A decolonial academy is possible: Reconciling Curriculum Grants in SFU’s Faculty of Arts and Social Sciences

September 27, 2023
Frog Constellation by Haida artist, James Hart. Photo courtesy SFU Galleries.

Indigenous Wisdoms for Psychology. Indigenous Perspectives on Economic Development and Land and Water Rights. Indigenous Cultural Awareness and Decolonization in the Canadian Public Policy Curriculum.

These may not look like common university course titles. That’s because they’re not common; they are the creation of FASS instructors. We congratulate Rachel Fouladi and Michael Schmitt (SFU’s Department of Psychology), Martin Santamaria (SFU’s Department of Economics), and Kora DeBeck and Natahnee Winder (SFU’s School of Public Policy), with the above successful proposals.

Creativity isn’t limited to course work: a Visiting Fellowship in Indigenous Studies (awarded to Bryan Myles, Bill Reid Centre) was a successful grant application that continues to extend academia’s comprehension of teaching and learning in a decolonial manner.

These proposals, and many more like them, are funded by a grant program specifically designed by SFU’s Faculty of Arts and Social Sciences (FASS) to move decolonial ideas into reconciliatory reality; to put into action FASS’s commitment to decolonization and reconciliation.

Grants specifically designed to move decolonial ideas into reconciliatory reality.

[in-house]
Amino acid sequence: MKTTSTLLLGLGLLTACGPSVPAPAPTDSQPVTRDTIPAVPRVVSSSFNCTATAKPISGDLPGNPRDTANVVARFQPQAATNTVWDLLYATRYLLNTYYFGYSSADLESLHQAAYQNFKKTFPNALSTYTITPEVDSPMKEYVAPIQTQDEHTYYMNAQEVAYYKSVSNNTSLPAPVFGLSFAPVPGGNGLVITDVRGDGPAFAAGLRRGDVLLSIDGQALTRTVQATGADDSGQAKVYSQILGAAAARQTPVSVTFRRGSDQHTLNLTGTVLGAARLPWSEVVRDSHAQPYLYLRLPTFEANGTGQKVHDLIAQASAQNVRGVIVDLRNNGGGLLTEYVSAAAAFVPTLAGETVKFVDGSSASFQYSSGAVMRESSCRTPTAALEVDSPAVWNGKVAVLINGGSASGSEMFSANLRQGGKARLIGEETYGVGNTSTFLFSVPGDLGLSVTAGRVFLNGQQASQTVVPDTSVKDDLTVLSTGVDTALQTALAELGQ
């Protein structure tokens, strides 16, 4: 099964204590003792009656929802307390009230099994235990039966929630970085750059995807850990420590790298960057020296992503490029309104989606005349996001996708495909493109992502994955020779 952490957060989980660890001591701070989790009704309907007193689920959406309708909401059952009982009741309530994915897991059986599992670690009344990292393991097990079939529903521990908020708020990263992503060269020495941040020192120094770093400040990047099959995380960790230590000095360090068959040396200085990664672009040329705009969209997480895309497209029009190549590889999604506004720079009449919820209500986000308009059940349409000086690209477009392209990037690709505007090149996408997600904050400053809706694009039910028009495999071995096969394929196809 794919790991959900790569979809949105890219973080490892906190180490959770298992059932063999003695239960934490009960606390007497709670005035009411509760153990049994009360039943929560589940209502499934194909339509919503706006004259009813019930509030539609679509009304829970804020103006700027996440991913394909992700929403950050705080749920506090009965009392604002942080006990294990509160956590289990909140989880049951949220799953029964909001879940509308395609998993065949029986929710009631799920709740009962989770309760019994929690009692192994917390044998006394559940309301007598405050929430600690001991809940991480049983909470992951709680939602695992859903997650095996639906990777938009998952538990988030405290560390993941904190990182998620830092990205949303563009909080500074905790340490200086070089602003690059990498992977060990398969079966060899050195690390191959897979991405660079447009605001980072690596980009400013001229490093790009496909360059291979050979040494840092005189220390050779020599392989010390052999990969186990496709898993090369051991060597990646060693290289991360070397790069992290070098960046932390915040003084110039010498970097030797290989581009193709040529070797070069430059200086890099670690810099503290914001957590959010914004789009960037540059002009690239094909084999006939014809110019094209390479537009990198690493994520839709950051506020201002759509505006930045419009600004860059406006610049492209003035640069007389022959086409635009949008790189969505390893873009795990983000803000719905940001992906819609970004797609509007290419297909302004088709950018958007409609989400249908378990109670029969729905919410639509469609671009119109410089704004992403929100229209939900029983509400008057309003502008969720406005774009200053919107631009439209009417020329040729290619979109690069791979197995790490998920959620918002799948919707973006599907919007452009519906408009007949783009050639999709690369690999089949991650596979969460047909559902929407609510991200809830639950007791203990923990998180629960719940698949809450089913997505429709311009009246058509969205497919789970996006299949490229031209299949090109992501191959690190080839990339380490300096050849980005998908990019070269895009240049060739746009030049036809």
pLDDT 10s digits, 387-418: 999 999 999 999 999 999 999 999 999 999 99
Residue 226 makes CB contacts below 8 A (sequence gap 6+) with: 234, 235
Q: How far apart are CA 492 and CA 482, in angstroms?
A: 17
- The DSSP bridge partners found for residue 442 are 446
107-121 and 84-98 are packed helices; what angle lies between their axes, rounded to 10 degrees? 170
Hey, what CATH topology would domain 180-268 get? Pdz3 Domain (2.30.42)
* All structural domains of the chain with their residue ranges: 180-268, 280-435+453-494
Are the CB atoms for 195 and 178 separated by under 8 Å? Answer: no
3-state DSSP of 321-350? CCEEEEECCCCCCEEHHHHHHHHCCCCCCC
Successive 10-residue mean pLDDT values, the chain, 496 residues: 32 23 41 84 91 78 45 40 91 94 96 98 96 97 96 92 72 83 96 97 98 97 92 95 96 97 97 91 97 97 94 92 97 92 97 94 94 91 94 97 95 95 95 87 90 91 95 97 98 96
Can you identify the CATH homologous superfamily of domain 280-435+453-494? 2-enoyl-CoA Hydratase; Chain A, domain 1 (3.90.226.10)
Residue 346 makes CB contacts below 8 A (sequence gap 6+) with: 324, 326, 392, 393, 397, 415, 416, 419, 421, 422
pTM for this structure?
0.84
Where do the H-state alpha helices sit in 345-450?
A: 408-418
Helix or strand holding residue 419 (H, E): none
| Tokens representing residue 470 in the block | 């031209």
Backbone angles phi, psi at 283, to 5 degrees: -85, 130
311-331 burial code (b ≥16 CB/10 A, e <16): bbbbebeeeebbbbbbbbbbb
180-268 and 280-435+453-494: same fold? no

Proposed in FASS’s five-year academic plan, Reconciling Curriculum Grants launched in 2019 to advance a reconciliatory approach to the university’s curriculum. Following a pause during the pandemic, the grants are back and have already awarded more this year than in any previous year. 

Open to all FASS continuing faculty members who want to address the ongoing legacies of colonialism and the work of reconciliation, Reconciling Curriculum Grant proposals focus on one of five areas:

  1. Micro Research and Teaching Development
  2. Lower Division Courses Advancing Decolonization/ Reconciliation
  3. Upper Division (Graduate) Courses
  4. Indigenous Cultural Awareness Training and Professional Development
  5. Community-based Partner Development

For more on each of the five categories, including grant amounts, visit the grant information page.

Decolonization is not a one-time operation; it is a lifelong journey of dismantling and healing.

When developing the proposal, instructors are asked to consider the following criteria for adjudication:

  1. Resonance
  2. Creativity and Academic Value
  3. Originality, Diversity and Breadth
  4. Cultural Humility and Sensitivity
  5. Potential for Engagement

We invite you to read the full definitions of the five criteria for adjudication on our website, along with more information on how to apply. Information about the 2024 submission deadlines will soon be announced. Please keep your eye on the webpage for that information. You can also contact Indigenous Relations Director, Tim Michel, and Associate Dean, Kate Slaney, to ask questions about the grants.

We look forward to the growing legacy of the Reconciling Curriculum Grants. The creativity of FASS instructors is matched by our Faculty’s commitment to reconciliation and decolonization. When SFU’s students learn through a reconciliatory lens, the communities in which they live and work—now and in the future—will continue to benefit.

Decolonization is not a one-time operation; it is a lifelong journey of dismantling and healing. We hope that by reconciling the curriculum, we strengthen individuals and communities on that journey.